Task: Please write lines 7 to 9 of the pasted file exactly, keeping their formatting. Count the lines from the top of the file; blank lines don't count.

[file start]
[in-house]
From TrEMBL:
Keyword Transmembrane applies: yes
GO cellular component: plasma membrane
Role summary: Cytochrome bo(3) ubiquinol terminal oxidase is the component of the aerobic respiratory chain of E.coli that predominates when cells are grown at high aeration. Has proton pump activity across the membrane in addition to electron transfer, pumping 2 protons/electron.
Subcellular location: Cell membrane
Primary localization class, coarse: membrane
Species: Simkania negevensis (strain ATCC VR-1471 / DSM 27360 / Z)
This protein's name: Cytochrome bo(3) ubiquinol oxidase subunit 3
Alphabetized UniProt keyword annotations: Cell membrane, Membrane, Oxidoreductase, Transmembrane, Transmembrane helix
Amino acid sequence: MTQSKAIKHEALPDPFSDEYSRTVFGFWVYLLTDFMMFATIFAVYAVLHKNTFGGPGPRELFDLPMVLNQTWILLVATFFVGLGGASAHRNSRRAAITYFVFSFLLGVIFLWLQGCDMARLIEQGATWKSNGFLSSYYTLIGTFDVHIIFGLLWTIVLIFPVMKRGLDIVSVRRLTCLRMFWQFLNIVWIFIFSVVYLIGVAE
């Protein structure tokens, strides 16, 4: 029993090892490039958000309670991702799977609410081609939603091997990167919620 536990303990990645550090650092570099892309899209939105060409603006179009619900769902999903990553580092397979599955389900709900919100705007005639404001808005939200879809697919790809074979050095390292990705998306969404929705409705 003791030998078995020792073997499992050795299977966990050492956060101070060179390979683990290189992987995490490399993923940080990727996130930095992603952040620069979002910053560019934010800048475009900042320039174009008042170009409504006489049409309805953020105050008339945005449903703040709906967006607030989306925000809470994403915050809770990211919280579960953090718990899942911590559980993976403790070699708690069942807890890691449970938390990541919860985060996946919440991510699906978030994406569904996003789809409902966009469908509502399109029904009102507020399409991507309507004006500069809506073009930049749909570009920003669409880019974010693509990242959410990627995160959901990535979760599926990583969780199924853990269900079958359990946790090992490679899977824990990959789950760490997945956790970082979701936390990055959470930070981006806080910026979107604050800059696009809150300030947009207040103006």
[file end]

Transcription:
Primary localization class, coarse: membrane
Species: Simkania negevensis (strain ATCC VR-1471 / DSM 27360 / Z)
This protein's name: Cytochrome bo(3) ubiquinol oxidase subunit 3